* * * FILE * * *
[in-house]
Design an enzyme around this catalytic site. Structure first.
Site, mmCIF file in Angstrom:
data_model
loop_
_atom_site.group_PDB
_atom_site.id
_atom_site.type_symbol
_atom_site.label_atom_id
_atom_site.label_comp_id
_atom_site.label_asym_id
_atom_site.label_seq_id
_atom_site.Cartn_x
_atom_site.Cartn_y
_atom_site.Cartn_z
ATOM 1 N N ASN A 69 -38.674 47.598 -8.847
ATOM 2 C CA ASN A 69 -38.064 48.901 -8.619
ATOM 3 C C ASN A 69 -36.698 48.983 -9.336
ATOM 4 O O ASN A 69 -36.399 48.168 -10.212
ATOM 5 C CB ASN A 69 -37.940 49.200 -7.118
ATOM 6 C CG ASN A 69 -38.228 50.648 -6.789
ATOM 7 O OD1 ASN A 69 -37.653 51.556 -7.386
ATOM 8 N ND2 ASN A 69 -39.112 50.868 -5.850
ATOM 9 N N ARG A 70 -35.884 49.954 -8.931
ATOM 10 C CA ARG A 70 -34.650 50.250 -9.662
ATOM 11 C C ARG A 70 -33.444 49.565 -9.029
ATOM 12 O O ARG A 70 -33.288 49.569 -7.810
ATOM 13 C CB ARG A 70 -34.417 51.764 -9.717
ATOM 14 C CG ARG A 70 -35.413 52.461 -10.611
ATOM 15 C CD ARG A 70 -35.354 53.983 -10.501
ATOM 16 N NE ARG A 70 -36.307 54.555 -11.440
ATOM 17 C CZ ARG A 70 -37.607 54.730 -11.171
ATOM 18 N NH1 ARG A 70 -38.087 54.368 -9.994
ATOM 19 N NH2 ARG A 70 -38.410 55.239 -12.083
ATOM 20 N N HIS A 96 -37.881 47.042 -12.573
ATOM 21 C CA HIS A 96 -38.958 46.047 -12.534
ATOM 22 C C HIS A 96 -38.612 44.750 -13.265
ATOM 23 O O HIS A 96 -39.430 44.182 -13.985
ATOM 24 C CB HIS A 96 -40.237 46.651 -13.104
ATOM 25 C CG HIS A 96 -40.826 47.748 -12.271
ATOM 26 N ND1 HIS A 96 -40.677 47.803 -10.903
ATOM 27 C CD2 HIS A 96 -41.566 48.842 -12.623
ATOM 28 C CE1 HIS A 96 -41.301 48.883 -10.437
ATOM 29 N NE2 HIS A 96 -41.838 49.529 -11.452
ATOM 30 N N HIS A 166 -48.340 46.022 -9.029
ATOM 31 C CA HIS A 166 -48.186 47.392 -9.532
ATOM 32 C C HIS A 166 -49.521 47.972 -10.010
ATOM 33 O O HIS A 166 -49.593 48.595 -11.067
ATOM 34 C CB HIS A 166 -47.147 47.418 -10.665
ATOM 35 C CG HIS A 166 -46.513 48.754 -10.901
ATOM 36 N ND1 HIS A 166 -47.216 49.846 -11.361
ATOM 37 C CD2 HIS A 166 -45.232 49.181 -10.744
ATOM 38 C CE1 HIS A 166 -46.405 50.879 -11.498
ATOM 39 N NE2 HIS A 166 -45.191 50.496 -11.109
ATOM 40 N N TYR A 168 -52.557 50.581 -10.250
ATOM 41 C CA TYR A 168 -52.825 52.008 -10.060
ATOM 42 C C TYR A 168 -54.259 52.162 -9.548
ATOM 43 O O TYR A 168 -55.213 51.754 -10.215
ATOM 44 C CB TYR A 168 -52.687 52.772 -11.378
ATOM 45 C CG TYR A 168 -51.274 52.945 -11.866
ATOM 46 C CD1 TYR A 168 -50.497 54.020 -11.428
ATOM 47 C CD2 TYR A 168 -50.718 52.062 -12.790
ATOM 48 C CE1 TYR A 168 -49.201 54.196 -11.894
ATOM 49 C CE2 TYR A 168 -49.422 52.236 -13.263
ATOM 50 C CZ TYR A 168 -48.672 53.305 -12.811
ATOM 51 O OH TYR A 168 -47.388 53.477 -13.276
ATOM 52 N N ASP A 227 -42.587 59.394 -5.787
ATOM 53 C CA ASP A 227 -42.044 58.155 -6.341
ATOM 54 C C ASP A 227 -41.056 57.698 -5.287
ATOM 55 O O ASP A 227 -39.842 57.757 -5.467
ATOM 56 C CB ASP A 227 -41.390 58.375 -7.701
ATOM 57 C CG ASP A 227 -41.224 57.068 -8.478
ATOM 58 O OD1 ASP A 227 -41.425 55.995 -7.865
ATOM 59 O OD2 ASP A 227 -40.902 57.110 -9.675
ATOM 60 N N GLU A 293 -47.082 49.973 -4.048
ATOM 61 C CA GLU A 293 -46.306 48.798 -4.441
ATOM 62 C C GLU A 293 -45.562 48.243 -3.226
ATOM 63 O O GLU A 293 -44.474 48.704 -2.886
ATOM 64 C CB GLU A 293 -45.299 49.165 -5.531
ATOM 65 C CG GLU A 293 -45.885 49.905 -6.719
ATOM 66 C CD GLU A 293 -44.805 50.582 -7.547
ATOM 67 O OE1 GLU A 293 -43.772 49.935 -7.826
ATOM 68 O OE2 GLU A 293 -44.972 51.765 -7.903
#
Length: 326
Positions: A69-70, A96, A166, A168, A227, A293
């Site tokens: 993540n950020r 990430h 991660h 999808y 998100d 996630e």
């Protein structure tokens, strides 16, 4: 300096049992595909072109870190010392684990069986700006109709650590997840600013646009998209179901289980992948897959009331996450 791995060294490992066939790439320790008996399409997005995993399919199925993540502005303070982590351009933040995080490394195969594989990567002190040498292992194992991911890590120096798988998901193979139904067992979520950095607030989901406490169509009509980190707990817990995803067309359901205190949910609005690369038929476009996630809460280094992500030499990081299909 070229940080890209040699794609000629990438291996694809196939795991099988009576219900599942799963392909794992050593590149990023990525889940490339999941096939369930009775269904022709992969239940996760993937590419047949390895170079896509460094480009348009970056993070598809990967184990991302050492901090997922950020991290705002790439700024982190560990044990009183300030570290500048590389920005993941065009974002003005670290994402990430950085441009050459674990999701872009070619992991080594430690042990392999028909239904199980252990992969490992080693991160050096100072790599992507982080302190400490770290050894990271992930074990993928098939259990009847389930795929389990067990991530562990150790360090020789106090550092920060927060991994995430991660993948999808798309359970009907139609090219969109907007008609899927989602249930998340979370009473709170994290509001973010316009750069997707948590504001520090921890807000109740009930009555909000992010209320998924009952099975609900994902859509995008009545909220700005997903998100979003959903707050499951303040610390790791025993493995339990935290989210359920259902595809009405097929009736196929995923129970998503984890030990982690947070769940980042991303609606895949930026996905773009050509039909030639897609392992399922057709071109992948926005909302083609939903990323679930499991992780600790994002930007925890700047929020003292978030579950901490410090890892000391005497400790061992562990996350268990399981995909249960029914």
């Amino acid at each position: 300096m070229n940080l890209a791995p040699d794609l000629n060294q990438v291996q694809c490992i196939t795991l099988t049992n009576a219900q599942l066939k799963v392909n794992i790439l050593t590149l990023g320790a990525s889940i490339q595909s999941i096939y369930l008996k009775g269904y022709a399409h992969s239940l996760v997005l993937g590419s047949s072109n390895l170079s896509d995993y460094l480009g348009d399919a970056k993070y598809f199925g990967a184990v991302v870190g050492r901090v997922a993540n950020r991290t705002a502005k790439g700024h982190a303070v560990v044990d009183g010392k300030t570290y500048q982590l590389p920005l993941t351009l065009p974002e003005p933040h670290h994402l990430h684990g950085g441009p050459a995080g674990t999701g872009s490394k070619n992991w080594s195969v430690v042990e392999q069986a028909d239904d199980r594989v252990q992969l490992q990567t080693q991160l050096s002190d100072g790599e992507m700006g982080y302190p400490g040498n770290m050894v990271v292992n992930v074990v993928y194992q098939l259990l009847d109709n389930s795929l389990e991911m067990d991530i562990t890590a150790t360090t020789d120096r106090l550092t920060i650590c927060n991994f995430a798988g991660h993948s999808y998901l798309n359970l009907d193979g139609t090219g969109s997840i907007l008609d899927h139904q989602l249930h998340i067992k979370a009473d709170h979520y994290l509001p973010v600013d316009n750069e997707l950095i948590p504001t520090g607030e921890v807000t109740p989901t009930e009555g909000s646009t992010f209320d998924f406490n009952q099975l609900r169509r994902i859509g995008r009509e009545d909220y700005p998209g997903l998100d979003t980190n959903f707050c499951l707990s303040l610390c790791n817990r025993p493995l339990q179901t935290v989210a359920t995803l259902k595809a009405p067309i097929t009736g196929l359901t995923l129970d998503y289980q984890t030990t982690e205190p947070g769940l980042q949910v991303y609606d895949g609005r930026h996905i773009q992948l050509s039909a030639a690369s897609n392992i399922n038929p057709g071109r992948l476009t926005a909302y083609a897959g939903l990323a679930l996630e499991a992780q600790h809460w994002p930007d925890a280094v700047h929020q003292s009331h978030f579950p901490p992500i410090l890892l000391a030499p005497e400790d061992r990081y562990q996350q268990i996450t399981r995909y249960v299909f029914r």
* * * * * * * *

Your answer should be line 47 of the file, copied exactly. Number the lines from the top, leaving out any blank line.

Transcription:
ATOM 32 C C HIS A 166 -49.521 47.972 -10.010